"We Need New Names" by Noviolet Bulawayo was a compelling read. A fast moving first person narrative through the eyes of a ten-year-old girl, Darling, in Zimbabwe. Her life was smooth sailing until her house was demolished, and had to move in with her family to a slum called Paradise. A contradiction in terms, indeed.
Life in Paradise was not bad after all, she made friends: Bastard, pregnant Chipo (though she was only 11), Sbho, Stina and Godknows, with whom she aimlessly roamed the richer neighbourhood in tatters, searching for ripe guavas to steal in order to assuage their hunger. Going to school was out of the question, since all of the teacher have emigrated to neighbouring countries for better pay cheque. What is more, International Aid was their main source of survival.
As the story unfolds, things went from bad to worse and, fortunate Darling managed to join her aunt in the United States of America. Where she found herself subdued in a cultural conflict, self-loss, missing all she had left behind. Even though, her home country was a scene of abject poverty.
An entertaining read. Though, at first, I was wondering why all the Prizes. However, in the end, I came to realise that it is one special book, whose story clung on for a while after reading. Realistic characters, though, with names that weren't the norm. Additionally, I found something intrinsically despairing with Darling's narrative, helplessly voicing out her opinions about the world she lives in. The writing style flows easily. It is just amazing how the writer emulated a child in such circumstances.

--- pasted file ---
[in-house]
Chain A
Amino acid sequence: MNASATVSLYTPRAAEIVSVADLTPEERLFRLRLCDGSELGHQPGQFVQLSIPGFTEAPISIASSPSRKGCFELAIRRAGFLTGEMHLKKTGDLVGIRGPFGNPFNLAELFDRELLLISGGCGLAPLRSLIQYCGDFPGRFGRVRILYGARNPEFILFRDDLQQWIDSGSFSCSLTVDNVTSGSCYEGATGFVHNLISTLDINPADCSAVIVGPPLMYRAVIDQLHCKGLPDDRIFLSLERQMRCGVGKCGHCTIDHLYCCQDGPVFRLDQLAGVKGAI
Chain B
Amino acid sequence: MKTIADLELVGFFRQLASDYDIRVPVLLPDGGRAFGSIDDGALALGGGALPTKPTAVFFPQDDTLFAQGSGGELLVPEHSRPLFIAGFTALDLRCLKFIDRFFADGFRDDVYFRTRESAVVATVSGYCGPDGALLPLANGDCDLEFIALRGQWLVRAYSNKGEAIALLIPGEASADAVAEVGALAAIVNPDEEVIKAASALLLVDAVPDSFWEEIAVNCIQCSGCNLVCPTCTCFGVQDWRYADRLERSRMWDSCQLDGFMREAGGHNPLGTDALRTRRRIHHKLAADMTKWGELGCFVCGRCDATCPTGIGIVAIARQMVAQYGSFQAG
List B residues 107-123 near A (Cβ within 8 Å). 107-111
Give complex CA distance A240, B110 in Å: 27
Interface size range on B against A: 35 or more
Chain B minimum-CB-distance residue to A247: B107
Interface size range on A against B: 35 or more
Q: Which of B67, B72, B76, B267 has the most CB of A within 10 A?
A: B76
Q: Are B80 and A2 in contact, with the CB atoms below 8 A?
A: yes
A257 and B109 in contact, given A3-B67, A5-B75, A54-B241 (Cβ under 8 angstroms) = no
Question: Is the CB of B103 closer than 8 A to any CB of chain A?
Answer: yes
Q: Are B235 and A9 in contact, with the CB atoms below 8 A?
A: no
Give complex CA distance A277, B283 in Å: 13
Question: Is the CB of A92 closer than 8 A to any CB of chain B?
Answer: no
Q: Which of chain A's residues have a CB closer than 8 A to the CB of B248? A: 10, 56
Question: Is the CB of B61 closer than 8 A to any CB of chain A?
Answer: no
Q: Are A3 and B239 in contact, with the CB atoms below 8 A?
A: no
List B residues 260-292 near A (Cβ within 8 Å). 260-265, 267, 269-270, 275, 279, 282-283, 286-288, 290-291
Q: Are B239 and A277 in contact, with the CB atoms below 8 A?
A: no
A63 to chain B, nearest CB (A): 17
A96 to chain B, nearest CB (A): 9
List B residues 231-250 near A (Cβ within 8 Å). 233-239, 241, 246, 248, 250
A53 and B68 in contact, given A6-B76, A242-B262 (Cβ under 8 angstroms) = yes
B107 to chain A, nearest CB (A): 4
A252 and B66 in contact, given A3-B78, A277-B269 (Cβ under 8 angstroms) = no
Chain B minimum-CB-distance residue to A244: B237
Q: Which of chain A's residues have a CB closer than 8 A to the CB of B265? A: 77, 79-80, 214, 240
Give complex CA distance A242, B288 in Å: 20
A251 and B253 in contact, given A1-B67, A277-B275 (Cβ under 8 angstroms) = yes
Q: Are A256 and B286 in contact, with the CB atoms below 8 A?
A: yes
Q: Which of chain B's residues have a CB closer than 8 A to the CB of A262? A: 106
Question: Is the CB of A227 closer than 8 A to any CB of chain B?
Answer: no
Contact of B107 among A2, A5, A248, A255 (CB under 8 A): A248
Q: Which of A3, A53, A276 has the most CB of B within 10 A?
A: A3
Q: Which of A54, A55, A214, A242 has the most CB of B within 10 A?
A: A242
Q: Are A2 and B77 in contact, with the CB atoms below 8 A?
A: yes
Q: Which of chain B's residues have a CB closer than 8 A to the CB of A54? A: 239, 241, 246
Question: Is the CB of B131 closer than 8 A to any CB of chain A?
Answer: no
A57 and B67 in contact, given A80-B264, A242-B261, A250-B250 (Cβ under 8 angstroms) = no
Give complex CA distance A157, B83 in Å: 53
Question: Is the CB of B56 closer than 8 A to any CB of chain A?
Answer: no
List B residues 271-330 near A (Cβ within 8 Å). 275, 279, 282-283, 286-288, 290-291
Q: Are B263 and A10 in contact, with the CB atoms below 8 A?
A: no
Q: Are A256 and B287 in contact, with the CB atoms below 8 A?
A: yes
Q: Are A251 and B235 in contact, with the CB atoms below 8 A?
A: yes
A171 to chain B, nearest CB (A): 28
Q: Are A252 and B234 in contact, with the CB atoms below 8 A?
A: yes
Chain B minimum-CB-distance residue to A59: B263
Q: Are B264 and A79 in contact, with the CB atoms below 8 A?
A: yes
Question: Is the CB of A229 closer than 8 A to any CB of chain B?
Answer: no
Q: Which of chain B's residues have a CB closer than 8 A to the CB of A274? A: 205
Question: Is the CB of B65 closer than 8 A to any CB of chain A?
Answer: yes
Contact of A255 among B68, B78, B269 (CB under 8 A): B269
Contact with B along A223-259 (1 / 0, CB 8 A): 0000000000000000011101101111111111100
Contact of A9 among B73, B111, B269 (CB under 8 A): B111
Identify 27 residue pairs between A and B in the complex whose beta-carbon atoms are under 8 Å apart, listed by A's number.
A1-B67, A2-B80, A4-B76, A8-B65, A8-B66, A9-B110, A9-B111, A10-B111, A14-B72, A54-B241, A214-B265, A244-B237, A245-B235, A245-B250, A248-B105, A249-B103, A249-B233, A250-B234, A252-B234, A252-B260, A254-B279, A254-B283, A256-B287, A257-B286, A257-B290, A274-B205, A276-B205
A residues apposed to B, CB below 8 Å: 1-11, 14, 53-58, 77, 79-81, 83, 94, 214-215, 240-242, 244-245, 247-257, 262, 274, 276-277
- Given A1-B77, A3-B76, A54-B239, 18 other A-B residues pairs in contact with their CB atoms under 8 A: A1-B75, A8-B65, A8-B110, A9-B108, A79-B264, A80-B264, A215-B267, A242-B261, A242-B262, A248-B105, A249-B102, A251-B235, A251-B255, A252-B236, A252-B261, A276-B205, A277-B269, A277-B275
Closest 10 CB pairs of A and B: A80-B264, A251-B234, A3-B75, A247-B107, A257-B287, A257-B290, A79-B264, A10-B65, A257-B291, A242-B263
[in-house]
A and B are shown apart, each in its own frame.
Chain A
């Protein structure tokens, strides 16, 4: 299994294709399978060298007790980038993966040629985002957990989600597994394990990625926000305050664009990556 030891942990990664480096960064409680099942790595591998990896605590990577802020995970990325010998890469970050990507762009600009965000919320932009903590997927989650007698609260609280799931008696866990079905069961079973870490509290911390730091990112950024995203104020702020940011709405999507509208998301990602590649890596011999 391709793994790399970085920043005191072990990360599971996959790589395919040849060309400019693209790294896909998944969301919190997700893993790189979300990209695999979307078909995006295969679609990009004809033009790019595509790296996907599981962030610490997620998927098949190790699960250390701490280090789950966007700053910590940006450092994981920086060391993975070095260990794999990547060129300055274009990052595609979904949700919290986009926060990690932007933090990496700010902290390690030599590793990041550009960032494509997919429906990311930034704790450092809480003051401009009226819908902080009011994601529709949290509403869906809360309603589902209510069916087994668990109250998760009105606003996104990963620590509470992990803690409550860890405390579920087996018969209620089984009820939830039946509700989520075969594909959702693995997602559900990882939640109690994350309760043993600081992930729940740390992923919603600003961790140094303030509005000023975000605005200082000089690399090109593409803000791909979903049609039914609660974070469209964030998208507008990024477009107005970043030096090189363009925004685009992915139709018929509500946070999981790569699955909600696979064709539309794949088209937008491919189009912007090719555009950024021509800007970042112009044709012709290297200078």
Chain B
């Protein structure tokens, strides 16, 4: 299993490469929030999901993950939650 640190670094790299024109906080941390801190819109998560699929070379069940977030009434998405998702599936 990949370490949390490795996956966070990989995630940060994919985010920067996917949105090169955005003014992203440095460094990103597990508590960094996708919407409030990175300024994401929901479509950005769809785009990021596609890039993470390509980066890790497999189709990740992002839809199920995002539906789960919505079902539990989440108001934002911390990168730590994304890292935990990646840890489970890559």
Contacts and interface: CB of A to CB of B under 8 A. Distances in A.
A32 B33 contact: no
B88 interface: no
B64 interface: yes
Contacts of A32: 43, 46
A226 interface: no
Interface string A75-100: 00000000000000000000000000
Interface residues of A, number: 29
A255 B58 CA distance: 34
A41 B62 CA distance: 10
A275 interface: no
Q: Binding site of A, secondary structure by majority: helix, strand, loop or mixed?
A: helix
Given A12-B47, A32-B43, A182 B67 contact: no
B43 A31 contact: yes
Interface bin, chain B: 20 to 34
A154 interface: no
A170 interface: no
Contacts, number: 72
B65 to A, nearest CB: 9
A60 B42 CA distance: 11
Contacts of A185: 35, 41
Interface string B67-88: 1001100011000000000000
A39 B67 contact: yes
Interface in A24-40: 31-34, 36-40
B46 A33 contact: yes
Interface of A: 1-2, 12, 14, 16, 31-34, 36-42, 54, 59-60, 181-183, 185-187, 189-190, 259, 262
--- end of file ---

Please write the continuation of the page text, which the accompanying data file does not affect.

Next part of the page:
Noviolet Bulawayo is a talented writer, I am so confident that she would write even better novels in the future. Her first novel is a 2013 Man Booker Prize Nominee, 2013 Guardian First Book Award Nominee, 2013 Winner of Etisalat Prize for Literature and 2014 Pen/Hemmingway Award so far.
Finally, big thank you to the MS/HS library for lending me an electronic copy after I persuaded them to buy one.